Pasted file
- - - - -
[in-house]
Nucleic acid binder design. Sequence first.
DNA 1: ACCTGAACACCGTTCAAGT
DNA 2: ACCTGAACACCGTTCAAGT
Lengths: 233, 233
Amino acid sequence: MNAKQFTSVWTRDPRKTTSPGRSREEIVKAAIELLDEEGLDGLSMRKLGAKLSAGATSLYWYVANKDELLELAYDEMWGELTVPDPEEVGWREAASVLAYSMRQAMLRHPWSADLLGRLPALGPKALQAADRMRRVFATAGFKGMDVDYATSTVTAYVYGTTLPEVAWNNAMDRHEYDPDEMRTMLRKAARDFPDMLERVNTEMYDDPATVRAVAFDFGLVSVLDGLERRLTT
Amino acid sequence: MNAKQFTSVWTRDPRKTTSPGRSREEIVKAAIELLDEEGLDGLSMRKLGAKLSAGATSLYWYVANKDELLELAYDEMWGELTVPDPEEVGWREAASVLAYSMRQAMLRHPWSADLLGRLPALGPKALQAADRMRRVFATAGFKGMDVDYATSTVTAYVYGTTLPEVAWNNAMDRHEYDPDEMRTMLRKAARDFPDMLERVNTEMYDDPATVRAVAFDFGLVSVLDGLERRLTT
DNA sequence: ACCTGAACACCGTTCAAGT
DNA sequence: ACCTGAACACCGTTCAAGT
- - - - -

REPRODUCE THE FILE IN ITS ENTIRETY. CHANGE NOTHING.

[in-house]
Nucleic acid binder design. Sequence first.
DNA 1: ACCTGAACACCGTTCAAGT
DNA 2: ACCTGAACACCGTTCAAGT
Lengths: 233, 233
Amino acid sequence: MNAKQFTSVWTRDPRKTTSPGRSREEIVKAAIELLDEEGLDGLSMRKLGAKLSAGATSLYWYVANKDELLELAYDEMWGELTVPDPEEVGWREAASVLAYSMRQAMLRHPWSADLLGRLPALGPKALQAADRMRRVFATAGFKGMDVDYATSTVTAYVYGTTLPEVAWNNAMDRHEYDPDEMRTMLRKAARDFPDMLERVNTEMYDDPATVRAVAFDFGLVSVLDGLERRLTT
Amino acid sequence: MNAKQFTSVWTRDPRKTTSPGRSREEIVKAAIELLDEEGLDGLSMRKLGAKLSAGATSLYWYVANKDELLELAYDEMWGELTVPDPEEVGWREAASVLAYSMRQAMLRHPWSADLLGRLPALGPKALQAADRMRRVFATAGFKGMDVDYATSTVTAYVYGTTLPEVAWNNAMDRHEYDPDEMRTMLRKAARDFPDMLERVNTEMYDDPATVRAVAFDFGLVSVLDGLERRLTT
DNA sequence: ACCTGAACACCGTTCAAGT
DNA sequence: ACCTGAACACCGTTCAAGT